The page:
Law as Performance: Women’s Property Rights in Kosovo
Sandra Fullerton Joireman
University of Richmond
APSA 2013 Annual Meeting Paper
American Political Science Association 2013 Annual Meeting
Since 2008, Kosovo has been eager to modernize its laws to establish an independent juridical identity and to prepare for future membership in the European Union. The potential for future EU membership has been a political incentive to adopt egalitarian property laws. Property rights issues in Kosovo are politically salient and highly charged: the restoration of property to the Serbian minority population; the allocation of formerly socially owned properties; legalizing the many illegally constructed building in Pristina; and the privatization of large government properties with contested ownership between Serbia and Kosovo. These are legally complex issues in which the solutions are not always obvious. Women’s property rights in Kosovo are a minor concern in comparison. They are not as legally complex, nor is it unclear how to go about enforcing them. Women’s property rights are the low hanging fruit of property issues in Kosovo. Yet, there is little compliance with the law regarding women’s property rights and thus significant barriers to women’s engagement in the economy. In Kosovo laws exist protecting women’s property rights. Yet, despite legal protection women own less than 8% of all property and only 6.5% of businesses. Merely having equitable law is insufficient for women to substantively engage in the economy. This paper examines Kosovo’s creation and enforcement of women’s property rights in the shadow of an anticipated EU accession process. When we turn our focus from the creation of law to its enforcement our attention shifts from international and national political arenas to the locality and to the exercise of authority within communities and through the judiciary. If Kosovo is unable to enforce women’s property rights, this bodes ill for its ability to address other significant and unresolved property issues.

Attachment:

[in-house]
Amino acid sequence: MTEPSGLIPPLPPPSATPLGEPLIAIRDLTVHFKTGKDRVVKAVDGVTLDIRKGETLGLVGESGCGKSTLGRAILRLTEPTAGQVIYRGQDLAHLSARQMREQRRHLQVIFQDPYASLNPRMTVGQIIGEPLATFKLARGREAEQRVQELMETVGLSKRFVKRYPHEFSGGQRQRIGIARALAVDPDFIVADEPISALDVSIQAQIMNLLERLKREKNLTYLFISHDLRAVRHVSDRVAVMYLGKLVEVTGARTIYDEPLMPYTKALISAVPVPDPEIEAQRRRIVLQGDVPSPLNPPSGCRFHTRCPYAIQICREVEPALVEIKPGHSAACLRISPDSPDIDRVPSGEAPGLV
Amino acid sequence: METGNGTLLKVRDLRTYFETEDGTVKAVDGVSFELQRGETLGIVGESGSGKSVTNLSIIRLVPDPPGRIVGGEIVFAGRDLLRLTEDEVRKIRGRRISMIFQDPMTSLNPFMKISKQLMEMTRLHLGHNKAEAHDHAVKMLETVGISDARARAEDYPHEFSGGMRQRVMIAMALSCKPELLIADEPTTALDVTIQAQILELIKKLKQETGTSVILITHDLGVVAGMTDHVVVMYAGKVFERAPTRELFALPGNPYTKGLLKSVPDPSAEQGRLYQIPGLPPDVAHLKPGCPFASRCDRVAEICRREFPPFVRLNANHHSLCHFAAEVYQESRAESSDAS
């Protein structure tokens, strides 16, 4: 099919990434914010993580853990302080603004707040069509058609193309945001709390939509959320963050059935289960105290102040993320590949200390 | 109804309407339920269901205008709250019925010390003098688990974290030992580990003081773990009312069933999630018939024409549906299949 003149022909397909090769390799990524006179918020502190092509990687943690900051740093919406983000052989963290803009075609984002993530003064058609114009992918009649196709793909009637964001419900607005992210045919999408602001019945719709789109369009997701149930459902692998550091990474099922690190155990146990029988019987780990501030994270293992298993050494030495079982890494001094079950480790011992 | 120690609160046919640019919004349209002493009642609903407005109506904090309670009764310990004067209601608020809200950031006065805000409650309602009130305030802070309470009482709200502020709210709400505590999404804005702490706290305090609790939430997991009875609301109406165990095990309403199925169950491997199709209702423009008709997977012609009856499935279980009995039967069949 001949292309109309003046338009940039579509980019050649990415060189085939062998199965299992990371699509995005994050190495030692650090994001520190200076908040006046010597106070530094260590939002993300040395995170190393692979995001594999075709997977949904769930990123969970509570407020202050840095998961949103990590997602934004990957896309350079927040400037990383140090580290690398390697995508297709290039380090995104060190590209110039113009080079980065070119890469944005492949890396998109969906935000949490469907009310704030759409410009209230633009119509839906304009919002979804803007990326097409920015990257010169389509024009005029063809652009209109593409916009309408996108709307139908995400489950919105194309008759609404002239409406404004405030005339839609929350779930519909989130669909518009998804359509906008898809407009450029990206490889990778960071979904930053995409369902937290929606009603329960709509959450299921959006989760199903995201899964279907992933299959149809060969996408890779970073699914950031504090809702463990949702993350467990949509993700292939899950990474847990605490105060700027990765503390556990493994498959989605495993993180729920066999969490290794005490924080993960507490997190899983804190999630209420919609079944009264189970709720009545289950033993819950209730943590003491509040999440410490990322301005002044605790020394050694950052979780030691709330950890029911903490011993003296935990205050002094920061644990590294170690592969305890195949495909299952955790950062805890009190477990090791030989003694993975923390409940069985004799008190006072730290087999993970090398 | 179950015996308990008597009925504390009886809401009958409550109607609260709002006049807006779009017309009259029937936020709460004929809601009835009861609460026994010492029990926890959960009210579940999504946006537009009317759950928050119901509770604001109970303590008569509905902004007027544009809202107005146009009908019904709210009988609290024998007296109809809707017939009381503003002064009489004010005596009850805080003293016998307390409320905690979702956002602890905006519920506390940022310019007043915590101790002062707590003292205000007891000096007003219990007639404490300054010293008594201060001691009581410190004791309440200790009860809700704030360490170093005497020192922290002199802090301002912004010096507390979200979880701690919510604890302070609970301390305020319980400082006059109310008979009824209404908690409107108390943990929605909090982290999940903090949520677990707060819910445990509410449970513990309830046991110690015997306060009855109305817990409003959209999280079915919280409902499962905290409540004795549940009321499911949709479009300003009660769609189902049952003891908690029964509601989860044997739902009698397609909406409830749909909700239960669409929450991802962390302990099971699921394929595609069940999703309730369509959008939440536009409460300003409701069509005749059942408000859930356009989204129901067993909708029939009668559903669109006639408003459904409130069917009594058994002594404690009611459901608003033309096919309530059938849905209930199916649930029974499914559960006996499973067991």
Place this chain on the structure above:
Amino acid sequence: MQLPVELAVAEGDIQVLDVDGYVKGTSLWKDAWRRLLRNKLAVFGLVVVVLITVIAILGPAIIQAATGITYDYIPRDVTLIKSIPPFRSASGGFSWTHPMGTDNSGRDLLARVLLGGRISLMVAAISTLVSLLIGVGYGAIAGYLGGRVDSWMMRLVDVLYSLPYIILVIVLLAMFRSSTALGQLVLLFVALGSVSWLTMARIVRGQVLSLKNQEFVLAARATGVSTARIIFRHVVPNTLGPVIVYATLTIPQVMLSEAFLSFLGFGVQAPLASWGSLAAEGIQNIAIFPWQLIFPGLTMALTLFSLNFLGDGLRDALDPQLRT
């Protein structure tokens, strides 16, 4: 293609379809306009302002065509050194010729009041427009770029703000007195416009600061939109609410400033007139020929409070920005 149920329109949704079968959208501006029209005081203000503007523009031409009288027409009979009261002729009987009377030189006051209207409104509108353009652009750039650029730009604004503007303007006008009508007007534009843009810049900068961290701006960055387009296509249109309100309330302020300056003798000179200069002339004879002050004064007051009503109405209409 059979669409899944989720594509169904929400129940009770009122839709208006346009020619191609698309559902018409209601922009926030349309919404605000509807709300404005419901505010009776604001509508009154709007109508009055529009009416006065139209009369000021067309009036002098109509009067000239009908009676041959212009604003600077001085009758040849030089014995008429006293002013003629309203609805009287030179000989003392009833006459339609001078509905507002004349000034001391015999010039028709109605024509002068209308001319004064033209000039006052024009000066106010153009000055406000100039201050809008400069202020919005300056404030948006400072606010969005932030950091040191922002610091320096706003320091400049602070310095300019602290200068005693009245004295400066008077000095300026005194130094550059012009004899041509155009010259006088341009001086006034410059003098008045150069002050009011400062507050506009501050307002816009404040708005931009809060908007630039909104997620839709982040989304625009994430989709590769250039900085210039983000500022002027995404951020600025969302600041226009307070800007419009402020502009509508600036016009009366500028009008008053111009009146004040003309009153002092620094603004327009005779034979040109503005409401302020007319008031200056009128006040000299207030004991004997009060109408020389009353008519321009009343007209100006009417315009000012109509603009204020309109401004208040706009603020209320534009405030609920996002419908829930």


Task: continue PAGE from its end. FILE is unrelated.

Number of Pages in PDF File: 26
Keywords: Kosovo, property rights, post-conflict, women, European integration
JEL Classification: K11, H77, P33, B15, H50
Date posted: August 19, 2013
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